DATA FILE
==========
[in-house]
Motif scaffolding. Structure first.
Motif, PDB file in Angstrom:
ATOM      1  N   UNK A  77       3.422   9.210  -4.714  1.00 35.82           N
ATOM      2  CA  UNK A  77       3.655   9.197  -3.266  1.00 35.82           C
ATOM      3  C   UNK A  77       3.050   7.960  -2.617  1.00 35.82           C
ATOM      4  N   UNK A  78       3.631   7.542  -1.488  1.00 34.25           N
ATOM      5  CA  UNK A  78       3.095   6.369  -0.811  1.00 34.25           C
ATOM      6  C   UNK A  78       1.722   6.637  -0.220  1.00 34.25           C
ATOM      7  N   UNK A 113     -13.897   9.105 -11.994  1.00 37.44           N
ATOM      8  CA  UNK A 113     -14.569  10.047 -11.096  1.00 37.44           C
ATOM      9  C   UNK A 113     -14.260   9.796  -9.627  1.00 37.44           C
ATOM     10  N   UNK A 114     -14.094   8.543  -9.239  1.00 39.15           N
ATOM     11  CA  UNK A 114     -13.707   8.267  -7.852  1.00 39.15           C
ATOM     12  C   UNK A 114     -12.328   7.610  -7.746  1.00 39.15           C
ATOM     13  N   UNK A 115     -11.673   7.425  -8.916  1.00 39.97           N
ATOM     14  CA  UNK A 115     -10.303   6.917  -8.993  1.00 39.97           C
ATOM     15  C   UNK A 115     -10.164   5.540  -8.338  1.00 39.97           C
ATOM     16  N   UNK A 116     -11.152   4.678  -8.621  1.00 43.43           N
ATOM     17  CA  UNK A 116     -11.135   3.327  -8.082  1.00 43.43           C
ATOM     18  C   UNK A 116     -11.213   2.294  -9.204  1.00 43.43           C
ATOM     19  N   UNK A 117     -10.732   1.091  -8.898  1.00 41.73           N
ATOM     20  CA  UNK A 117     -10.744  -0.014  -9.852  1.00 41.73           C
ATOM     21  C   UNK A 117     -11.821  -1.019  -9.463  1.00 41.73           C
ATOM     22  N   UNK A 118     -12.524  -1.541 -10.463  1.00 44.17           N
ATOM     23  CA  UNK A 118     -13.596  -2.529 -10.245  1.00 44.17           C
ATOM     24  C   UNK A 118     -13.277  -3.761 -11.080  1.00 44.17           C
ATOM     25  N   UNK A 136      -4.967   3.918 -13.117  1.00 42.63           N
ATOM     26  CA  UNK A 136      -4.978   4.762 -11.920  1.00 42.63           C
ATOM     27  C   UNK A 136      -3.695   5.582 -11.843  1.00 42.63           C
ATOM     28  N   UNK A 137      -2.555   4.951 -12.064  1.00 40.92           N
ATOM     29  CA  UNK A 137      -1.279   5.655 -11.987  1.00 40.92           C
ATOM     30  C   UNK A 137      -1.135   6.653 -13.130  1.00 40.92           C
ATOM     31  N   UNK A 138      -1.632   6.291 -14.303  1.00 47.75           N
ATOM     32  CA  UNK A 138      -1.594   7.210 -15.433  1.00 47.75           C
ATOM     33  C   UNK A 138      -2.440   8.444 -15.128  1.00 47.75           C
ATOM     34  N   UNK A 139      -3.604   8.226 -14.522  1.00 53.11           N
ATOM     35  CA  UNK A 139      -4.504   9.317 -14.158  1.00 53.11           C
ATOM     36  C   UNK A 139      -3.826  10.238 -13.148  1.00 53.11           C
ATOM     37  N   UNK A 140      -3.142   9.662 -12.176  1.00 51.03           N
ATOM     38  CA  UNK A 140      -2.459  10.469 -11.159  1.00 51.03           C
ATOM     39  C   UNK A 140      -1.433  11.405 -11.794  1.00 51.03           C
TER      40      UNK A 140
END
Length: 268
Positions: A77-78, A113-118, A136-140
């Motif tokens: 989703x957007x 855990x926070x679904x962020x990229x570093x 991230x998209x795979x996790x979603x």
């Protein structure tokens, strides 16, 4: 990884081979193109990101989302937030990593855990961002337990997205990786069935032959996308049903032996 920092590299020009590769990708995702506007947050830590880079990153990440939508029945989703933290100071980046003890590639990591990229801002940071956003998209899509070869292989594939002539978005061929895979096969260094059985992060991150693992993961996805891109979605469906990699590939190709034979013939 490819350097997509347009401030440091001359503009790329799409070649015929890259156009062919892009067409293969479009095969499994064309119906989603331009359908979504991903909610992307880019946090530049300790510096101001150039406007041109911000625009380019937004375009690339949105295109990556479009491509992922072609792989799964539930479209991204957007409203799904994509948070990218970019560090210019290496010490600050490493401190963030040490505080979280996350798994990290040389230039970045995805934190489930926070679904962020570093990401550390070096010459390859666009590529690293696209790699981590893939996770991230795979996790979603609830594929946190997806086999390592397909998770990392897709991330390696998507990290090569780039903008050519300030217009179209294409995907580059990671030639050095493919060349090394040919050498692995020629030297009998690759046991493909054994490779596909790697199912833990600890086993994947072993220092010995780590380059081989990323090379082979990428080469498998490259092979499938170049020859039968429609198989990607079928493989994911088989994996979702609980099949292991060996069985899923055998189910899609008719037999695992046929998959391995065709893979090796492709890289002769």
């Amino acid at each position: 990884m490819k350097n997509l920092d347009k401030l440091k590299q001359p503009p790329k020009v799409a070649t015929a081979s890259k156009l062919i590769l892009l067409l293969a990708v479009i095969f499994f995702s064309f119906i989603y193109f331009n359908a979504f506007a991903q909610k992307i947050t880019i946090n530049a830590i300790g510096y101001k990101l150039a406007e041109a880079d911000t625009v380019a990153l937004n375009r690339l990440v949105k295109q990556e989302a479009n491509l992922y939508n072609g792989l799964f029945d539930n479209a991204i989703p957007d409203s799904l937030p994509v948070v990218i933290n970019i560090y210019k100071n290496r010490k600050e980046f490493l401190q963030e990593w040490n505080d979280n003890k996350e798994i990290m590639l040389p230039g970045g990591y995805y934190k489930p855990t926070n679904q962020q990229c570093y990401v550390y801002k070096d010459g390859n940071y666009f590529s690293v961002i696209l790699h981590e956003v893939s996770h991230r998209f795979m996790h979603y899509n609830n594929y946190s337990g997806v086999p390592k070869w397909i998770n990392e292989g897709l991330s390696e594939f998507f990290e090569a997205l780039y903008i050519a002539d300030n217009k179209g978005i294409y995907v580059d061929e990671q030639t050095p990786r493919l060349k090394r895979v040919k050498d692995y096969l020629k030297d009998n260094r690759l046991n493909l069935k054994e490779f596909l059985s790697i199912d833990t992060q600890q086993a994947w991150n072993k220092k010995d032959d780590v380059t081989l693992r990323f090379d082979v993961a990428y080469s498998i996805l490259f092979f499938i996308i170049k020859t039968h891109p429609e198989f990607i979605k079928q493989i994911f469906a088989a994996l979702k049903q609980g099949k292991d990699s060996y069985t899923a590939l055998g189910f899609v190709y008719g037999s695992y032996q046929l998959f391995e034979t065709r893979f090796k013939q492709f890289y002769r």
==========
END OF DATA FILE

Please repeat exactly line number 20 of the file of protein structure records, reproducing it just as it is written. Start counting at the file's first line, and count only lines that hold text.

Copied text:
ATOM     17  CA  UNK A 116     -11.135   3.327  -8.082  1.00 43.43           C